Global Warming Still Not-Happening, Time To Change Attitudes?

It appears that the Earth has now gone 15 years with no measurable warming.

I was always a fence-sitter on Global Warming, although I (mostly) got off the fence a few years ago when enough information came out to make me question whether there was any reliable information coming out of that sector at all. It became increasingly obvious that a tiny group of scientists controlled all the funding and access to the data and dominated all public dissemination of the information, and began dodging anyone who dared call them into question, while a group of their supporters began vilifying and outright bullying reasonably intelligent and qualified people who questioned their thinking.

The angry bloviating was a red flag, but the killer for me on their credibility came from the disturbingly closed nature of this group of researchers. That these Global Warming scientists all worked together now and then is not fishy–in fact it would be bizarre if they didn’t. But they had repeatedly proven to be a tiny and impenetrable elite, routinely fighting all demands for independent review, and strongly resisting efforts to have them reveal their data and their programming code so that it could be independently scrutinized by computer scientists, mathematicians, statisticians, or other qualified parties to see if their methodologies were sound and their results reproducible.

I mean, these guys were not just getting millions in taxpayer funding, but they were making public policy recommendations which could potentially cost trillions, and would affect the entire world population. Being as transparent as possible in those circumstances would certainly seem like a high priority, especially in nations with this annoying mentality that governments derive their just powers from the consent of the governed, and where the governed have this pesky habit of doing things like voting.

Here’s a thought: if you do not want taxpayer scrutiny, stop demanding taxpayer money. Furthermore, if you are going to make broad sweeping recommendations for public policy change, do not act outraged when those who are governed ask pointed questions as to whether or not your proposals are really the wisest use of public and private resources.

You don’t get to play with taxpayer money, jump into the political process of demanding political action, then put a shield on your chest and bellow, “I AM A SCIENTIST AND I AM NOT TO BE QUESTIONED YOU TINY-BRAINED FOOLS!” Well, honestly you can do that, but you tend to look foolish and should not be surprised when the reaction is not very positive.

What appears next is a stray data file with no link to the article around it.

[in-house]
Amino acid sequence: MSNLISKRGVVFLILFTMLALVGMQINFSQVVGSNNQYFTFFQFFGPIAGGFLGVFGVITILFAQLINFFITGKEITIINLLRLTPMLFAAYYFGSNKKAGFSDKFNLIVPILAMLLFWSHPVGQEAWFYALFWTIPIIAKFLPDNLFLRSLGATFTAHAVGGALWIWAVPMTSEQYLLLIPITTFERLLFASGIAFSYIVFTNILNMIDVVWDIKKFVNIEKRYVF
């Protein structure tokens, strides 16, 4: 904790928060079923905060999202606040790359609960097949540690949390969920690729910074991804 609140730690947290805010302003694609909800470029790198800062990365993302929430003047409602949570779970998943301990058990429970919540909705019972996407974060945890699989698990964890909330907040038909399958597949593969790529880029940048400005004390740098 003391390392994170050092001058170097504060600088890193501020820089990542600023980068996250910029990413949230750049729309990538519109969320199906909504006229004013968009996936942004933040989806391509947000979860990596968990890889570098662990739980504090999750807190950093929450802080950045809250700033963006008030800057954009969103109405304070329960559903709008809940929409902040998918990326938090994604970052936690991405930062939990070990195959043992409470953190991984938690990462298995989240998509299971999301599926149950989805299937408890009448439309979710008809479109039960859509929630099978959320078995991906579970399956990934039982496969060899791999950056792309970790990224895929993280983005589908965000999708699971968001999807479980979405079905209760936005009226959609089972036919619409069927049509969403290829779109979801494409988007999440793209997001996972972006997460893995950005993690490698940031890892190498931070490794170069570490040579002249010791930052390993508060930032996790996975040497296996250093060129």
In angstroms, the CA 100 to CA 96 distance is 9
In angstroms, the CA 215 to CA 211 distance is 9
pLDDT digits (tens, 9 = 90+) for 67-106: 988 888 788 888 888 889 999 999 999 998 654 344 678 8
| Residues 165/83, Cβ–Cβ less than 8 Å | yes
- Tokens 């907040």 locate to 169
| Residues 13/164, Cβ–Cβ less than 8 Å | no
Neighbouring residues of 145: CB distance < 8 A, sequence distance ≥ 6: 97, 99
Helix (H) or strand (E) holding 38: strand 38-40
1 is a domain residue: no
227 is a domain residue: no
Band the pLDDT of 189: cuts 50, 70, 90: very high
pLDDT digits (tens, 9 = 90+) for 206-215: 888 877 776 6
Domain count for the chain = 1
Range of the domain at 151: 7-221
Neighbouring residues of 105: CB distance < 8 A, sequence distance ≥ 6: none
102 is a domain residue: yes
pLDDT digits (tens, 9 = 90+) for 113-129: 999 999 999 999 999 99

Perhaps we should begin the task of honestly discussing whether attacking CO2 should be our #1 air quality issue? Having less CO2 in the atmosphere certainly seems like a reasonable idea–it’s probably not wise to keep increasing atmospheric CO2 at a rapid pace–but it would seem to me that things like safe drinking water, decent food, and overall air quality should be our primary concerns, not just this one gas. Is that such a radical thought?

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  • Elizabeth Reid

    I freely admit that I’m undereducated on all of this, but what’s up with the Arctic sea ice then? Does anyone have an idea that’s not tied up with GW?

  • Dean Esmay

    The question would be, is anything up with it at all? I freely admit to having at some point completely tuned out the “the ice caps are melting” people when I heard the tale of the drowning polar bears. At that point the credibility of the whole enterprise completely snapped for me, and neither the popular press nor the actual scientists had anything left I felt I could believe anymore.

    It is difficult for me to express how painful I find this. Scientists are my heroes. It’s like finding out that your favorite sports team is full of child molesters, steroid pumpers, and bribe-takers.

    My faith in this and a few other parts of the scientific establishment has been badly damaged, and it hurts. I grew up holding the ideals and the rigors of science to be among the highest of human callings. I still do, and seeing it stand in ridicule is just awful.

    To the specific questions then:

    1) Are the ice caps actually doing anything that is truly outside the normal variation and fluctuations we should expect to see over a period of years and decades and centuries? What is the objective evidence for that, precisely?

    2) If they really are doing something unusual, what is causing it? Localized warming perhaps, but if so, caused by what?

    Because right now, even the establishment that screamed that Global Warming was imminent and required drastic action on CO2 has been forced to admit that it isn’t happening even though Kyoto has never been followed and the increase in CO2 emissions have continued unabated. So if something strange really is going on in the arctic waters (is it? Is it really?), then we need to know what’s causing it. With Co2 having sucked all the other gases and just about everything else out of the room, the question looks wide open to me.

  • TexasAg03


    The polar bears used it all making margaritas.

  • Elizabeth Reid

    Your thinking on this seems weirdly black and white to me. Of course the scientific establishment has liars, bribe takers and probably child molesters for that matter; it’s a human endeavor. If there is any definable group of human beings which doesn’t contain any substantial number of selfish, lazy, and actually evil members, I’ve never heard of them. I do think science is among the more noble human callings, but that doesn’t mean that everyone who’s a scientist is ennobled simply by being one. That doesn’t even work on priests , why should you expect it to work on scientists? And I have some awful news about your favorite sports team.